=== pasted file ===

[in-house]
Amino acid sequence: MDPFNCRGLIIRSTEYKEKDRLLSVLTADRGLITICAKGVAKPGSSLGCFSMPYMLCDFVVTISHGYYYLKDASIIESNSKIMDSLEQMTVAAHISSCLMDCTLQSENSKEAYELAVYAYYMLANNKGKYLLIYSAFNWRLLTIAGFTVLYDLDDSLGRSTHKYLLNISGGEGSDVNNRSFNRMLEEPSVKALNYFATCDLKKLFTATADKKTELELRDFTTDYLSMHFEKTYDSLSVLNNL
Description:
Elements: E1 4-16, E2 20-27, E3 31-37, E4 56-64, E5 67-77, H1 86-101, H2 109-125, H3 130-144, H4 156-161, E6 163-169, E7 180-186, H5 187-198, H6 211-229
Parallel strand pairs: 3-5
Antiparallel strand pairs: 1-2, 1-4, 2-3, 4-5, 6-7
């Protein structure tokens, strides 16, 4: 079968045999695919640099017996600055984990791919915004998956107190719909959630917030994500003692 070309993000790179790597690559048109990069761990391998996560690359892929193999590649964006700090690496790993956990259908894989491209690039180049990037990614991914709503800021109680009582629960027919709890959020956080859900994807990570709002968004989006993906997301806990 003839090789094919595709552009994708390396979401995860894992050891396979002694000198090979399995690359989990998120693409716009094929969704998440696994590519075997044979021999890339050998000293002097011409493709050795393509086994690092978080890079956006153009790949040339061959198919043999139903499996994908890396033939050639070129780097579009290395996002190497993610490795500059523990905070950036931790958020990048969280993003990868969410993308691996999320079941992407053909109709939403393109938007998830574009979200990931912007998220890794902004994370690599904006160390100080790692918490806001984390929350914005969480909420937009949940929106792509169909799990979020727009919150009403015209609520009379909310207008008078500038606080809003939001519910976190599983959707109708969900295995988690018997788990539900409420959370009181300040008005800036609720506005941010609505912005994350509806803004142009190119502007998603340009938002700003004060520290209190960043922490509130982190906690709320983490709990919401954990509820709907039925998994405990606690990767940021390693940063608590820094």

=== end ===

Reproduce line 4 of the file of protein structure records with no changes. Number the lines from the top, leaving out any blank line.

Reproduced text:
Elements: E1 4-16, E2 20-27, E3 31-37, E4 56-64, E5 67-77, H1 86-101, H2 109-125, H3 130-144, H4 156-161, E6 163-169, E7 180-186, H5 187-198, H6 211-229